Thu. Jul 18th, 2024

[Industry Interviews] Jean-Francois Major from Tribute Games

Welcome to the latest Industry Interviews! Joining The Switch Effect today is Jean-Francois Major, co-founder of Tribute Games. This Montreal-based indie game studio was formed in 2011 with a focus on creating games using today’s technology, but stylized in the 8- and 16-bit era. With incredibly fun retro-inspired games like Ninja Senki DX, Flinthook, Mercenary Kings and more available on the PS4, PS Vita, Xbox One and Steam, we were wondering if and when the Switch would be a potential console for these titles? Well, the time is now! Just announced last week, Mercenary Kings: Reloaded Edition will be arriving on February 6th and Flinthook will be arriving later this year.

If that wasn’t enough to get you excited, Limited Run Games also announced that they will be bringing these two titles to the physical format in the near future! 2018 is going to be epic!

Jean-Francois, thank you for taking the time to speak with us today. Before we get into it, could you tell us a little bit about yourself?

Hi, thanks for giving me this opportunity. I’ve been working in the video game industry for well over a decade. Most of it spent as a programmer and now co-founder of Tribute Games.

Here’s one to get you thinking. What was your first console/game you owned?

The first console I owned was a Nintendo which came with Mario and Duck Hunt. If memory serves me right, Zelda was the first addition to the start of my collection. That beautiful golden cartridge!

Growing up, what inspired you to pursue a career in the gaming industry?

I grew up with a computer. I remember toying around with a software that allowed me to write gamebooks when I was really young. That was when I got curious about creating these interactive stories. I later had the ambitious dream of making the game to kill all games. A game that would encompass multiple genres in one. That’s when I decided to learn how to program. Needless to say that never got anywhere, but I fell in love with programming. Luckily, Montreal is a great city for video games. So it was fitting for me to pursue that path.

You began as a Level Designer with Microids in 2003 on Memorick: The Apprentice Knight for the Xbox and Still Life for the PC. Throughout your career, you’ve also held the roles of Gameplay Programmer and Senior Gameplay Programmer. Prior to co-founding Tribute Games, what console was your favorite to work on?

By a long shot, it would have to be the Game Boy Advance. Powerful enough to make great games, but you would hit the limits quick enough that you needed to be creative to stand out.

What game were you most proud to be a part of?

As a kid, I grew up in the arcades playing Teenage Mutant Ninja Turtles games. So having had the chance to work on a “retro” TMNT game for the Game Boy Advance was one of my proudest moments.

However, I’ll admit that releasing games for Tribute always warms up my heart. I feel so much more connected to the people that get to play our games that it adds extra meaning to the work and effort I put in.

Let’s jump forward to Tribute Games. What made you decide to form your own company?

We decided to start Tribute a bit after Scott Pilgrim Vs The World. All consoles on the market were capable of doing 3D and we noticed 2D games were no longer actively pursued by larger studios. Yet our passion and skills were with pixel art games. We knew if we we’re this passionate about these types of games, there was a target audience for it. That’s when we decided to give it a shot. Let’s keep doing what we enjoy playing.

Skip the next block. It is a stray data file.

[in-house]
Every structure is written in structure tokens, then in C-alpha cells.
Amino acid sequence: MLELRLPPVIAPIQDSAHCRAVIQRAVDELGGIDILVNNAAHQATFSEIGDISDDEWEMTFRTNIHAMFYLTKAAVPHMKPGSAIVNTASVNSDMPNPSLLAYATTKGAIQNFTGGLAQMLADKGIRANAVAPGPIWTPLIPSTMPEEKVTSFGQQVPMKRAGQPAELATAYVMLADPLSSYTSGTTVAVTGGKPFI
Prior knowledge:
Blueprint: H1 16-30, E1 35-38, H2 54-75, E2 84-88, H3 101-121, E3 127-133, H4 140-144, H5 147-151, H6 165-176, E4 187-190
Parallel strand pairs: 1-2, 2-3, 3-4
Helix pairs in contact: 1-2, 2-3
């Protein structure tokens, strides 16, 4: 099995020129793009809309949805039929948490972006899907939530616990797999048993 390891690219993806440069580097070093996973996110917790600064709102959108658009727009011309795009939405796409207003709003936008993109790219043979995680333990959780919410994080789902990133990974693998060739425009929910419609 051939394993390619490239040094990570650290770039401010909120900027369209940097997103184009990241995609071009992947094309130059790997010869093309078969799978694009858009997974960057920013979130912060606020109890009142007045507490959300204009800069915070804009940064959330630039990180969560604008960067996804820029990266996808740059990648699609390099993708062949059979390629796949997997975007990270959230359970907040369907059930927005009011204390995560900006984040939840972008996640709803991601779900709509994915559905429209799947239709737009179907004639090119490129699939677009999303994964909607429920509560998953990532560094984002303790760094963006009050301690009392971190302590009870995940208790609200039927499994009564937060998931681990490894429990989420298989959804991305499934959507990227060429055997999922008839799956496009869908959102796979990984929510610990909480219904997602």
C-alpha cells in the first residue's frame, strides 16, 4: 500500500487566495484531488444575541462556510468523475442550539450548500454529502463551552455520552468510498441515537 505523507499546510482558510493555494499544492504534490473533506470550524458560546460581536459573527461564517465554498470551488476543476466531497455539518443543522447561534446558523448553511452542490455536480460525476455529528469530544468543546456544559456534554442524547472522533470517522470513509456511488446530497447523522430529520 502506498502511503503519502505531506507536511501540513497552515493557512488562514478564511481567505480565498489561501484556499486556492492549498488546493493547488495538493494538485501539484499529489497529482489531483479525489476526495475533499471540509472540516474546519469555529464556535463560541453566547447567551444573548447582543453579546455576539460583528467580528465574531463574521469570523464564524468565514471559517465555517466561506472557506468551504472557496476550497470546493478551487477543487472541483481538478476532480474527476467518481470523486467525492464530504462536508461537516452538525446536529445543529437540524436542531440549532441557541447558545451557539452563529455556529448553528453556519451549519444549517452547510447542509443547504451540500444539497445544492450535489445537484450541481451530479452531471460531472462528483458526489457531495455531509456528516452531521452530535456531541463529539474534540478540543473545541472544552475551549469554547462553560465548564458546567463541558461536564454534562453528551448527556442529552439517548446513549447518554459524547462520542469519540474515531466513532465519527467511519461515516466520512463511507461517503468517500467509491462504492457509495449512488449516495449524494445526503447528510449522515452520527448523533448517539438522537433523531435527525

As games become more realistic, what is it about the nostalgic feel of yesteryear that appeal to you to inspire your work?

I see pixel art, hand drawn and the various shades of 3D as different art forms that should coexist. One needs to recognize what their strength is and what art form will best be used for the type of game that you plan on taking on.

Time to “switch” gears. With Flinthook and Mercenary Kings just announced to release on the Nintendo Switch, many gamers are going to either experience your titles for the first time or on a new console. What has the reception been this past week with the announcements?

The reception has been great. And it really feels good to be back on Nintendo consoles after so long. I can’t wait for people to actually play our Switch titles and see that we put in the effort to support the Switch’s features.

What are your thoughts on the Nintendo Switch?

I love my Switch. Playing and beating two player Snipperclips on the ride to PAX East last year just confirmed how great of a system it is. It’s just so versatile and I’m sure we haven’t seen everything yet. There will be creative ways to use those Joy-Cons.

Limited Run Games also made an announcement last week that these two titles would be getting the physical treatment. You’ve partnered with them in the past with Flinthook on the PS4. How exciting is it to be working with them again and can you tell us a little bit about the process? 

Working with Limited Run Games has been nothing short from amazing. As an indie dev, you need to wear so many hats. And close to launch, that is when the stress level picks up a notch. It’s surreal how hands off we can be and have them handle most of the work that goes into making physical copies.

Not to mention that never in my wildest dreams I would’ve considered possible to release one our games in physical form. They really empower smaller studios.

Any other games we may be seeing from you on the Switch that you can share with us today?

For now, Flinthook and Mercenary Kings! Maybe our next unannounced title?

Finally, is there anything else you’d like to add?

I’m really proud to be back on Nintendo consoles come February 6th. It’s been way too long. I hope we get to release more games in the future.


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